Thursday, November 22, 2018

Throwback Thursday: Sandman Oversized Special #1 Review (2017)


It Was Only in My Dreams

Written By: Dan Jurgens, Steve Orlando, Jack Kirby 
Art By: Jon Bogdanove, Rick Leonardi, Dan Green, Jack Kirby 
Colored By: Madpencil, Steve Buccellato 
Lettered By: Willie Schubert, Wes Abbot 
Cover By: Paul Pope & Lovern Kindzierski 
Cover Price: $4.99 
On Sale Date: August 16, 2017


Oh boy oh boy oh boy! This month of Jack Kirby Specials gets better and better for me, since one of my most favorite Kirby (and Joe Simon) properties is the Sandman! The Sandman is, generally speaking, on of my favorite characters; from the gas mask-wearing Wesley Dodds and the Simon and Kirby yellow and purple costume revamp, to the Bronze Age superhero monitoring dreams with Brute and Glob, to Neil Gaiman’s goth version that is arguably best-known, I love all of these versions. But the Bronze Age Sandman gets the least recognition! So let’s recognize it together, in my review of Sandman Oversize Special #1, right here!

Explain It!

So this comic consists of three sections: two new stories, and then some Jack Kirby reprints like the other books from this series of one-shots. The first one is by Dan Jurgens and Jon Bogdanove, and it’s a fairly textbook Sandman story in that Sandy, Brute and Glob enter a creative child’s nightmares to dispense of them before they infect the waking world. I thought it was picture-perfect, evoking a lot of Jack Kirby’s familiar style while retaining much of Bogdanove’s uniqueness. There’s a great spread of Sandman’s team traveling through a dream space that is really reminiscent of when Kirby would strip in photographs to his more elaborate works. Jurgens understands these characters and the material explicitly, and had this come from one of those few Bronze Age issues, I wouldn’t have batted an eyelid. I don’t expect to see it, but I could stand to read more stories like this. There’s even a new superhero character, of sorts, that could have been ripped right from the files of Jack Kirby…and it was, kind of…just read the thing and find out what happens!
The second story is by Steve Orlando and Rick Leonardi, and it’s also a good homage to the source material. If anything, it’s a little too slavishly devoted to the minutiae, and not the spirit of the original material, but it’s still pretty entertaining, and includes an adult version of Jed, who was the little kid that Sandman rescued from bad dreams most often, back in the day. The issue concludes with something a little incongruous, the “Strange Stories of the D.N.A. Project!” two-page exposés of the Project, a secret government agency that could be found in the pages of Superman’s Pal, Jimmy Olsen when Jack was writing and drawing it. Again, this material is fairly available but it is highly bizarre—almost like a series of Ripley’s Believe It Or Not! strips about some dystopian future run by genetic scientists. I enjoyed the heck out them, but if you were looking for more Sandman-specific content, you won’t find it here.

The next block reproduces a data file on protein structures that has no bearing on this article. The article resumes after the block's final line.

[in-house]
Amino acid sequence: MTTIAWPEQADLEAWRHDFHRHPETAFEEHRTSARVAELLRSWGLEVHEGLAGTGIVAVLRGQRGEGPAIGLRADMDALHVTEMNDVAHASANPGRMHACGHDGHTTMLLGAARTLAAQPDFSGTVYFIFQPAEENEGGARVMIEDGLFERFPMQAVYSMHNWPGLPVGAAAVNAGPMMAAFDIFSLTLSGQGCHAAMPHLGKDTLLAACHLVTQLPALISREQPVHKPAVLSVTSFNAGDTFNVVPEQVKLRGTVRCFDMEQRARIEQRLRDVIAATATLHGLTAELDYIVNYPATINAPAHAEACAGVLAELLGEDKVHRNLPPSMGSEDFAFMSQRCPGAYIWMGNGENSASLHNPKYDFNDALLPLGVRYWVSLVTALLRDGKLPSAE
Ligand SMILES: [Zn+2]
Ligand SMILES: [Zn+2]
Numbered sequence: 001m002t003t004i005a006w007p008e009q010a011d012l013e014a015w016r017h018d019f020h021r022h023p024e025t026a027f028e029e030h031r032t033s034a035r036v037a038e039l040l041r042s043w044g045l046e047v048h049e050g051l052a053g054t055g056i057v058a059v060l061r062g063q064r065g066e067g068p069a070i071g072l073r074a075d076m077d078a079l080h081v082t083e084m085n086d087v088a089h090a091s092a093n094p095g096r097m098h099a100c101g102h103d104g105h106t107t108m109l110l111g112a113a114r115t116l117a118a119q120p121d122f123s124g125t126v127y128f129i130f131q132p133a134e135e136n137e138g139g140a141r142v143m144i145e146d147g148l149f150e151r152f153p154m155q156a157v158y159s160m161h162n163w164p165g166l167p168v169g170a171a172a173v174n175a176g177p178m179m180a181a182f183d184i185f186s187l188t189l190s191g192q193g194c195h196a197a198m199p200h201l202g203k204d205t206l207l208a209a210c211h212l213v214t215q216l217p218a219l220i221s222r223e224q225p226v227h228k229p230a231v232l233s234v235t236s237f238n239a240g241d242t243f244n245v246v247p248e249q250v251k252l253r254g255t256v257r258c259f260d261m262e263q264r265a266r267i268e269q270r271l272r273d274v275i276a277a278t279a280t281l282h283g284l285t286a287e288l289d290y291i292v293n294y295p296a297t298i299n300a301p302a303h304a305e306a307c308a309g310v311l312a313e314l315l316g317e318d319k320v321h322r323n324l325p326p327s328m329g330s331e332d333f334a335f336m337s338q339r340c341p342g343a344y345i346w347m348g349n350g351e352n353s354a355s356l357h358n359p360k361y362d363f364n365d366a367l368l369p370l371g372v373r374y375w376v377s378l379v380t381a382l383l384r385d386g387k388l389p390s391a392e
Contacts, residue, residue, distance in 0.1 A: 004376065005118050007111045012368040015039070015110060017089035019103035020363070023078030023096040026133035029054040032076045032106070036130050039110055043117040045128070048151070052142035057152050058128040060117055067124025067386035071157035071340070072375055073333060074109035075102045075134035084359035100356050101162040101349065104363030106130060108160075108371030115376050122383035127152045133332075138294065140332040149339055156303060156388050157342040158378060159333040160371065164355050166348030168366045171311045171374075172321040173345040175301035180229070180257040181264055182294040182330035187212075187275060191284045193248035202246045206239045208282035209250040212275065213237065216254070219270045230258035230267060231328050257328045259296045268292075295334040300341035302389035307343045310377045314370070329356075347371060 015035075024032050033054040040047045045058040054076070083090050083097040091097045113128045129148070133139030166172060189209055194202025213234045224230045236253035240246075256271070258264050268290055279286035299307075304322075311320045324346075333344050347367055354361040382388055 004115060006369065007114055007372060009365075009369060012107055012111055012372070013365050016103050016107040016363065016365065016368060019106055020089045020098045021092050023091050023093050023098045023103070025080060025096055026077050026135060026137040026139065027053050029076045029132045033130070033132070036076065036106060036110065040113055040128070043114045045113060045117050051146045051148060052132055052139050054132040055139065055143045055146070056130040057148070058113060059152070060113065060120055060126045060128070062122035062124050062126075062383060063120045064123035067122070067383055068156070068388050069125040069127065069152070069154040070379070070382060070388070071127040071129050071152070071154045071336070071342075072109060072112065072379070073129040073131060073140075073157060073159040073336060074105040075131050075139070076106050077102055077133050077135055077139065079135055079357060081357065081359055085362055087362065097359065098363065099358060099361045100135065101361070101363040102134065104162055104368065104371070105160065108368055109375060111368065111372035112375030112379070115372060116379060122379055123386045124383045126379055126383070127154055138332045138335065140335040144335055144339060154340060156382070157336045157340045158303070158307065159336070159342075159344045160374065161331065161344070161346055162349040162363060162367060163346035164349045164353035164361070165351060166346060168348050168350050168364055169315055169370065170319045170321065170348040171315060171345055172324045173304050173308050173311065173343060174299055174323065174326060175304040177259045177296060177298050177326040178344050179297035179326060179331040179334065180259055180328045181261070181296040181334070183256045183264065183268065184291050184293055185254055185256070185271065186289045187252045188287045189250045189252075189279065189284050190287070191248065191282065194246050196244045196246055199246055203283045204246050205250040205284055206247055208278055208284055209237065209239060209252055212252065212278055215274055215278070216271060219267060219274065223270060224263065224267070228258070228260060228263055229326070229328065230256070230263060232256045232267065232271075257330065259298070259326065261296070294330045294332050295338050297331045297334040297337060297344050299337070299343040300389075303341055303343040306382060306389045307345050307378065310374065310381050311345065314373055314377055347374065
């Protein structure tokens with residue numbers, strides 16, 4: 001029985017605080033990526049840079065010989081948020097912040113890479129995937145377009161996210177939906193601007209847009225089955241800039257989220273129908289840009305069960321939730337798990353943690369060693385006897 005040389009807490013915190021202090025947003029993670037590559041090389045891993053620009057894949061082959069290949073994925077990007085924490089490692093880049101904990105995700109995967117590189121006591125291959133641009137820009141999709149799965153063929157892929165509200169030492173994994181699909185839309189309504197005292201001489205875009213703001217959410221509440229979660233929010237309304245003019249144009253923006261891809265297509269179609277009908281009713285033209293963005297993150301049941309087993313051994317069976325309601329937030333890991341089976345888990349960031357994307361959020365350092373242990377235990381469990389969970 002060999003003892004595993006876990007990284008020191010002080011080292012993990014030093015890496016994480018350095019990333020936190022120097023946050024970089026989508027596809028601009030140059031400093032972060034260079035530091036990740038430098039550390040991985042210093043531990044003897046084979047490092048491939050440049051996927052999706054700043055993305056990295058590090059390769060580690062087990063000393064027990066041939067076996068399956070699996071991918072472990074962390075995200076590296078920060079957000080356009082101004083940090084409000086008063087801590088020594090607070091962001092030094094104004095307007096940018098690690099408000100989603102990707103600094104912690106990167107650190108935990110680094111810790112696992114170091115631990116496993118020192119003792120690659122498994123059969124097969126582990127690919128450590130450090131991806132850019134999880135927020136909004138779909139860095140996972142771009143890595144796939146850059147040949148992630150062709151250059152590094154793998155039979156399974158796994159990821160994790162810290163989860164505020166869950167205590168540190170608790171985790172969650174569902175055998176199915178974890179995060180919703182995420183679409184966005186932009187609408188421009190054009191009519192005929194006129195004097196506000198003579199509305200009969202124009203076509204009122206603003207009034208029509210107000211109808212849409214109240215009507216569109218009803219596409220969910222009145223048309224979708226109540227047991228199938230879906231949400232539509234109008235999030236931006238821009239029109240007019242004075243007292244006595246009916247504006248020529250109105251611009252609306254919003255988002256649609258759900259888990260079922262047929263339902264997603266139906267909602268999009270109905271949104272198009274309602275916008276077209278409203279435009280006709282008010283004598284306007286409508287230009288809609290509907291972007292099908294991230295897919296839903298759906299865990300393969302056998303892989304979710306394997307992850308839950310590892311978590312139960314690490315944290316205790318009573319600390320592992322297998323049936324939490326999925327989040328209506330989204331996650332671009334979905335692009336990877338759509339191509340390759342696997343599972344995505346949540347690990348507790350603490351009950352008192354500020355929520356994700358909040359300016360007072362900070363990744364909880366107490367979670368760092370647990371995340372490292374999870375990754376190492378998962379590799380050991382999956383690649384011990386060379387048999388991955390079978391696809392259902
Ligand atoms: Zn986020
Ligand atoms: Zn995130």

This is my favorite issue in the Jack Kirby series so far, but that’s largely owing to the fact that I love the characters and their trappings already. Like with the two comics preceding this, if you’re not already a fan of Sandman, then this is a bad place to jump in. Those already familiar with the character will find the two new stories right in lock step with the original comics, each with its own artistic interpretation of Kirby’s style, and each cool in its own way. The back-up stuff is sort of strange and meaningless to Sandman, and might annoy those that were hoping for reprints of the actual comic at hand. But those that enjoy high weirdness should appreciate ‘em just fine.

Bits and Pieces:

Fans of Sandman, here's the plan: head to the comic shop and respect the man; that's Jack "King" Kirby, uh, he wasn't a, drove real swervy...okay, that was a big fail. But this comic isn't, for established fans of the character. Folks looking to get familiar for the first time should probably check the archives. A lack of Sandman content at the back knocked my score down a bit, but it's still a good bang for your [five] bucks.


1 comment:

  1. I really liked this comic. I wish they had reprinted Santa Vs the Sealmen. I only have that issue in the DC digest size a full size reprint of that story would make me give this a straight 10.